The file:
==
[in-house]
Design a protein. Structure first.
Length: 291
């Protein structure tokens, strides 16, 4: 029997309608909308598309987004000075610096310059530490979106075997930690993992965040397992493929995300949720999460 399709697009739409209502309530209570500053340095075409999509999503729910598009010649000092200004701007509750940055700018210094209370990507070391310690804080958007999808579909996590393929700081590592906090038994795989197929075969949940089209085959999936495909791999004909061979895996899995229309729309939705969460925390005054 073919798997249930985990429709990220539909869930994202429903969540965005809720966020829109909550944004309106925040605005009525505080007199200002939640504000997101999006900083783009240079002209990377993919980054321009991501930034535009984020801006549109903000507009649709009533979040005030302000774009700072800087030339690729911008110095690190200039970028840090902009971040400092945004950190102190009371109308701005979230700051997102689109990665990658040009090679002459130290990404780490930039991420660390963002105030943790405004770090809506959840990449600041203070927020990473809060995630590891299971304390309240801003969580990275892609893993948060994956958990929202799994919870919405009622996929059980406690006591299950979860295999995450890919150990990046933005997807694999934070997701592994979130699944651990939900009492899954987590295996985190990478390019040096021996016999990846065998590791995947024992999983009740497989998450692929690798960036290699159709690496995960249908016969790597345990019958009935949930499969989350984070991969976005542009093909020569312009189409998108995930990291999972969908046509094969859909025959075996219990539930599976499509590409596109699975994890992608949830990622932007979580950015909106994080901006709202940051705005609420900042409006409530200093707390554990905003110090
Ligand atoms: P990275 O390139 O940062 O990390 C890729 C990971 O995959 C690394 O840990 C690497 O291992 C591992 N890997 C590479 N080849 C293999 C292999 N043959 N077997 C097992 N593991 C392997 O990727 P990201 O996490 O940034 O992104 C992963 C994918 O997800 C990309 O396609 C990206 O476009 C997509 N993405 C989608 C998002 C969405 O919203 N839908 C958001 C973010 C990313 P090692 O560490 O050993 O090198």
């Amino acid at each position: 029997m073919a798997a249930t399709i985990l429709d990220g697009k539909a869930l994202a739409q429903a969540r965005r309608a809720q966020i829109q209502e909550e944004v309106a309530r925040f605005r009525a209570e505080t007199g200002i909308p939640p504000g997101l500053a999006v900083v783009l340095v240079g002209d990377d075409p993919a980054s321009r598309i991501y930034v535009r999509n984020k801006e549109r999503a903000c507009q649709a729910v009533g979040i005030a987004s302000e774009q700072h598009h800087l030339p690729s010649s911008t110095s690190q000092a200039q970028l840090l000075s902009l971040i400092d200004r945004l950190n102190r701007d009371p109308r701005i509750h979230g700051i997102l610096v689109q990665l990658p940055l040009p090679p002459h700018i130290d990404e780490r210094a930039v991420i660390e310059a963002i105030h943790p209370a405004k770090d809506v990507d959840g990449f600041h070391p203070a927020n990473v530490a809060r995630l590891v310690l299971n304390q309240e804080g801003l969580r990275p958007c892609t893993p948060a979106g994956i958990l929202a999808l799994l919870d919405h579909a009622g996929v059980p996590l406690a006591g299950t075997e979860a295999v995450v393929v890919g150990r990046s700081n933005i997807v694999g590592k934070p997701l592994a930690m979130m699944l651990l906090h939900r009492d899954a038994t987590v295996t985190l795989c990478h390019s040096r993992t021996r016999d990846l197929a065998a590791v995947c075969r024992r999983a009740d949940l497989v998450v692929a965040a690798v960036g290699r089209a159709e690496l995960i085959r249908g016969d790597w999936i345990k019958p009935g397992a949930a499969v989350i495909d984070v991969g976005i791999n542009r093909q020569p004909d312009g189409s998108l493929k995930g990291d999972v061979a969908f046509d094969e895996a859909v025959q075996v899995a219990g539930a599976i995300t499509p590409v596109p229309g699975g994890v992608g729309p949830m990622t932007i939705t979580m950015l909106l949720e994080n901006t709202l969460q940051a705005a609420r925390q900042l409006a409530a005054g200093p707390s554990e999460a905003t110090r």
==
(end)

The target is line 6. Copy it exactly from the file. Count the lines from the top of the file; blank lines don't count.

């Amino acid at each position: 029997m073919a798997a249930t399709i985990l429709d990220g697009k539909a869930l994202a739409q429903a969540r965005r309608a809720q966020i829109q209502e909550e944004v309106a309530r925040f605005r009525a209570e505080t007199g200002i909308p939640p504000g997101l500053a999006v900083v783009l340095v240079g002209d990377d075409p993919a980054s321009r598309i991501y930034v535009r999509n984020k801006e549109r999503a903000c507009q649709a729910v009533g979040i005030a987004s302000e774009q700072h598009h800087l030339p690729s010649s911008t110095s690190q000092a200039q970028l840090l000075s902009l971040i400092d200004r945004l950190n102190r701007d009371p109308r701005i509750h979230g700051i997102l610096v689109q990665l990658p940055l040009p090679p002459h700018i130290d990404e780490r210094a930039v991420i660390e310059a963002i105030h943790p209370a405004k770090d809506v990507d959840g990449f600041h070391p203070a927020n990473v530490a809060r995630l590891v310690l299971n304390q309240e804080g801003l969580r990275p958007c892609t893993p948060a979106g994956i958990l929202a999808l799994l919870d919405h579909a009622g996929v059980p996590l406690a006591g299950t075997e979860a295999v995450v393929v890919g150990r990046s700081n933005i997807v694999g590592k934070p997701l592994a930690m979130m699944l651990l906090h939900r009492d899954a038994t987590v295996t985190l795989c990478h390019s040096r993992t021996r016999d990846l197929a065998a590791v995947c075969r024992r999983a009740d949940l497989v998450v692929a965040a690798v960036g290699r089209a159709e690496l995960i085959r249908g016969d790597w999936i345990k019958p009935g397992a949930a499969v989350i495909d984070v991969g976005i791999n542009r093909q020569p004909d312009g189409s998108l493929k995930g990291d999972v061979a969908f046509d094969e895996a859909v025959q075996v899995a219990g539930a599976i995300t499509p590409v596109p229309g699975g994890v992608g729309p949830m990622t932007i939705t979580m950015l909106l949720e994080n901006t709202l969460q940051a705005a609420r925390q900042l409006a409530a005054g200093p707390s554990e999460a905003t110090r």